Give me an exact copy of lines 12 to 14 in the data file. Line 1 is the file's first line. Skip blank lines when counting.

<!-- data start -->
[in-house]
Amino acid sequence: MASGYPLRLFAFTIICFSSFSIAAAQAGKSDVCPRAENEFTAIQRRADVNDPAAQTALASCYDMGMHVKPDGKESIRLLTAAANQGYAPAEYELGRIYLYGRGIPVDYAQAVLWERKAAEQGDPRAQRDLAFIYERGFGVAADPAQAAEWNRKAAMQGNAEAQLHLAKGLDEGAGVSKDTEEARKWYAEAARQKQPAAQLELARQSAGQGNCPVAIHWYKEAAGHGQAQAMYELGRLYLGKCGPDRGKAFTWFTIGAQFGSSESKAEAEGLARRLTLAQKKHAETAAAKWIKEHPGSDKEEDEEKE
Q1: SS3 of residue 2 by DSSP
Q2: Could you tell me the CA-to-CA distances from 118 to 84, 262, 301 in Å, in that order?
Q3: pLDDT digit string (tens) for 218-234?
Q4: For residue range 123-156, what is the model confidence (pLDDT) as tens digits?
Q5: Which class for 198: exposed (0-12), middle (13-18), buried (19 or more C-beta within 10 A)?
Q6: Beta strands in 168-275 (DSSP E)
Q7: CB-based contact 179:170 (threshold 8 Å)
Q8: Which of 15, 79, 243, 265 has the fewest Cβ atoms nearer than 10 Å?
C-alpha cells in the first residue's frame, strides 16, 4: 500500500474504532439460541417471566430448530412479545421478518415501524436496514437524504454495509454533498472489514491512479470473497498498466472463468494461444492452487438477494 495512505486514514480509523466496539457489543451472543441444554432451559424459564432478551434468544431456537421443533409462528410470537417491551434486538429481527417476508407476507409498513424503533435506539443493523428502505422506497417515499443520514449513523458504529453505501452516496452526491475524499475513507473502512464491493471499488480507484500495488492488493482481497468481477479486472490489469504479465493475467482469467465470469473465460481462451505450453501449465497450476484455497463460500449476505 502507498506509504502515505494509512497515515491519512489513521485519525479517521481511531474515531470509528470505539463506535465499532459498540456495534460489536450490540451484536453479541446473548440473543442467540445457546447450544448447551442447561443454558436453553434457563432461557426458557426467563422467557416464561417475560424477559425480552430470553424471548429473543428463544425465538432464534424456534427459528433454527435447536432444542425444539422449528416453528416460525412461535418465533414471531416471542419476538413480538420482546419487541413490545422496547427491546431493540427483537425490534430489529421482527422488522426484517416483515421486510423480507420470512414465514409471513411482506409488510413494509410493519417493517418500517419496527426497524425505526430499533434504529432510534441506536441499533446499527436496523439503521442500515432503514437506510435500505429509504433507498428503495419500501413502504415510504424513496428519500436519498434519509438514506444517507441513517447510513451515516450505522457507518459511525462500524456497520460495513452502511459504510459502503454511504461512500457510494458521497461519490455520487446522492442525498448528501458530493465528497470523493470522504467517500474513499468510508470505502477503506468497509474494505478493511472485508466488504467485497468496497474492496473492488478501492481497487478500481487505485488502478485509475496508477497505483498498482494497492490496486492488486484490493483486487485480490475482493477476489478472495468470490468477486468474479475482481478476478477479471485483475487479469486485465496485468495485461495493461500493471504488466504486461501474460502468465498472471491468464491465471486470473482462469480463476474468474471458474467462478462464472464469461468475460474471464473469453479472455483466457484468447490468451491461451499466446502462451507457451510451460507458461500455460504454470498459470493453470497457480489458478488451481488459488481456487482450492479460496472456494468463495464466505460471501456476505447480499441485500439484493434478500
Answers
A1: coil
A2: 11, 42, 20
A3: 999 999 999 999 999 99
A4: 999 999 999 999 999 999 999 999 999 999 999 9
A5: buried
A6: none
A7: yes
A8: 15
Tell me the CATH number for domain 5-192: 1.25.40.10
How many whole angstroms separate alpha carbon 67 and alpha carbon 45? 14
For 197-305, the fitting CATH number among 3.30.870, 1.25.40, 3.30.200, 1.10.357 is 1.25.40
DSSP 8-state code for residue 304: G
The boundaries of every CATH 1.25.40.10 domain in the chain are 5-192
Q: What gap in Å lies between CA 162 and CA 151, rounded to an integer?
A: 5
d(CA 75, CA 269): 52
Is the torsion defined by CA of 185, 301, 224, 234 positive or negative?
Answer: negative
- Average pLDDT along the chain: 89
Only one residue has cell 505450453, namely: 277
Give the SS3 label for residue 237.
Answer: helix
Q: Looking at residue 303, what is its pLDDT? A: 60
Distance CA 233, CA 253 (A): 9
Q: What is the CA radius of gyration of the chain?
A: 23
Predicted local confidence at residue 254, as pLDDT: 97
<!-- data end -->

Answers
A1: coil
A2: 11, 42, 20